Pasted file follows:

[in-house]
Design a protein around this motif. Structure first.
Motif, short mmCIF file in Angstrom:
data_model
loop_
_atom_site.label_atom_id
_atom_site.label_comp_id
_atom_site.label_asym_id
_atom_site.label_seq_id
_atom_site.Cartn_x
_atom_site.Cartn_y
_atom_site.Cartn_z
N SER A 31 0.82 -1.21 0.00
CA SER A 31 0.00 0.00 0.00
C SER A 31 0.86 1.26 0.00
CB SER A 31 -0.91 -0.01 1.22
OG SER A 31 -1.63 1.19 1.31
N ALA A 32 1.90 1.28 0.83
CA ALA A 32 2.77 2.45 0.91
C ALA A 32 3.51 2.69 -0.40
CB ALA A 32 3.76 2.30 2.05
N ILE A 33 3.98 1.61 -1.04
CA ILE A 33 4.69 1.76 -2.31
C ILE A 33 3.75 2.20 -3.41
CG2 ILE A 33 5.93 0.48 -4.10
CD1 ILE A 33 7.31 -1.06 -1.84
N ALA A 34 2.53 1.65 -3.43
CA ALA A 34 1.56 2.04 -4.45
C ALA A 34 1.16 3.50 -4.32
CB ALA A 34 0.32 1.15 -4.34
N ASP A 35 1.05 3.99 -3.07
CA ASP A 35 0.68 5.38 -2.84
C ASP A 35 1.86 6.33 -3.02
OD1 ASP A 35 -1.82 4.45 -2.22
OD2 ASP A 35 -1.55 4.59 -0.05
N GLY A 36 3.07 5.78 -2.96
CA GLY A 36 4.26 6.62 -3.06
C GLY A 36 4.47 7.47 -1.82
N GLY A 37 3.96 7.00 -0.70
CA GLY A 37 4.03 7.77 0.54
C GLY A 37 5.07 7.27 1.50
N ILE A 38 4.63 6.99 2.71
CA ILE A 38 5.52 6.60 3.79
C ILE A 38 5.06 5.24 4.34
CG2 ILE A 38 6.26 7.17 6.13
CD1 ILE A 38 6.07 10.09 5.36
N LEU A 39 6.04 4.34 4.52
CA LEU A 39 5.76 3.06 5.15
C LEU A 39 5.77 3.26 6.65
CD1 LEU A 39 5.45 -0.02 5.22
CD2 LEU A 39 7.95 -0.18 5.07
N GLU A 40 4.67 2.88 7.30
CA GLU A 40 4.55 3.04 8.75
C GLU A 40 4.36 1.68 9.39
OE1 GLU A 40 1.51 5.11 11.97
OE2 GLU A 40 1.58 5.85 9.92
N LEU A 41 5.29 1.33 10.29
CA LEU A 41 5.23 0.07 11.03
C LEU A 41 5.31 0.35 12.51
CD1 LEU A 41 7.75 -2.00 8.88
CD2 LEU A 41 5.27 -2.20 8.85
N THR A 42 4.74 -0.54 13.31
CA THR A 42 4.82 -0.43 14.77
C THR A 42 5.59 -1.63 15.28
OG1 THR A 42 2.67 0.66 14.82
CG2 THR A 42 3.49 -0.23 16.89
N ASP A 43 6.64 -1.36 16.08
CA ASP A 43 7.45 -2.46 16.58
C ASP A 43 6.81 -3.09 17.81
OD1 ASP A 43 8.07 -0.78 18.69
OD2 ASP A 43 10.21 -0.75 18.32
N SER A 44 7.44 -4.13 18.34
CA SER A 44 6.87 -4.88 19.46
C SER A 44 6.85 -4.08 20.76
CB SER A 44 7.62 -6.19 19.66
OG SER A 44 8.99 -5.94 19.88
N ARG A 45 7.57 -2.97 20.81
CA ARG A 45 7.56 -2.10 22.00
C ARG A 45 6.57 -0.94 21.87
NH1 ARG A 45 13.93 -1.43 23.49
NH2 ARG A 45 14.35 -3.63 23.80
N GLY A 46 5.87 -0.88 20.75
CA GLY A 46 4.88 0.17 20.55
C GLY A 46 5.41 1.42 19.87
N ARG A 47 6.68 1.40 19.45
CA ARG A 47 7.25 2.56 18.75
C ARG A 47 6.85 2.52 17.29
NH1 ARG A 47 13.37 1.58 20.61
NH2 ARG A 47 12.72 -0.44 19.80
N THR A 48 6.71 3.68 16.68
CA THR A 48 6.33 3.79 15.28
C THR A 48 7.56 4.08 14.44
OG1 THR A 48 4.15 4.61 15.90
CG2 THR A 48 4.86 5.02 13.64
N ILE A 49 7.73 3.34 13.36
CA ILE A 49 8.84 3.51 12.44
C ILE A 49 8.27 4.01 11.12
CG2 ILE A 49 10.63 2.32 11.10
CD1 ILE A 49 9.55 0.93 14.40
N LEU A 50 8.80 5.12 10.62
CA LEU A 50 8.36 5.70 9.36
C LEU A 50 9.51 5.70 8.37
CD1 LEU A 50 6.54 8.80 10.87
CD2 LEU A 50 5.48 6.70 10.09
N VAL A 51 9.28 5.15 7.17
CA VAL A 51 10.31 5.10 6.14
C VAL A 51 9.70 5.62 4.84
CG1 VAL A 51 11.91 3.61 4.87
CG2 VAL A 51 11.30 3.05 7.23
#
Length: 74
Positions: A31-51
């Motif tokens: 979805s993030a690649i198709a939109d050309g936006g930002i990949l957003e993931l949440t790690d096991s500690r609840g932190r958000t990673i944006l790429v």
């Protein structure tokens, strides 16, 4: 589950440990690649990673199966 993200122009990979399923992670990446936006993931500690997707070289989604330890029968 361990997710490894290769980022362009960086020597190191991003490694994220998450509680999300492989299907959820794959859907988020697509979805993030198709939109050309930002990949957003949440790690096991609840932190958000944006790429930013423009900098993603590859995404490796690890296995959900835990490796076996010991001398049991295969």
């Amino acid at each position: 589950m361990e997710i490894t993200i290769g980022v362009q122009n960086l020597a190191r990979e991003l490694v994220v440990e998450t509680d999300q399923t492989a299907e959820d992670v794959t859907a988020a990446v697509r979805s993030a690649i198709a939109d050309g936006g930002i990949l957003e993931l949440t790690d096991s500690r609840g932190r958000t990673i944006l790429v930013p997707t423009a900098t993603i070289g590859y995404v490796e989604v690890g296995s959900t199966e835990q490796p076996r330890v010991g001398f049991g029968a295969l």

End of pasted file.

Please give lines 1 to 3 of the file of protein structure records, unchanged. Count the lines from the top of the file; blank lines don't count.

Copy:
[in-house]
Design a protein around this motif. Structure first.
Motif, short mmCIF file in Angstrom: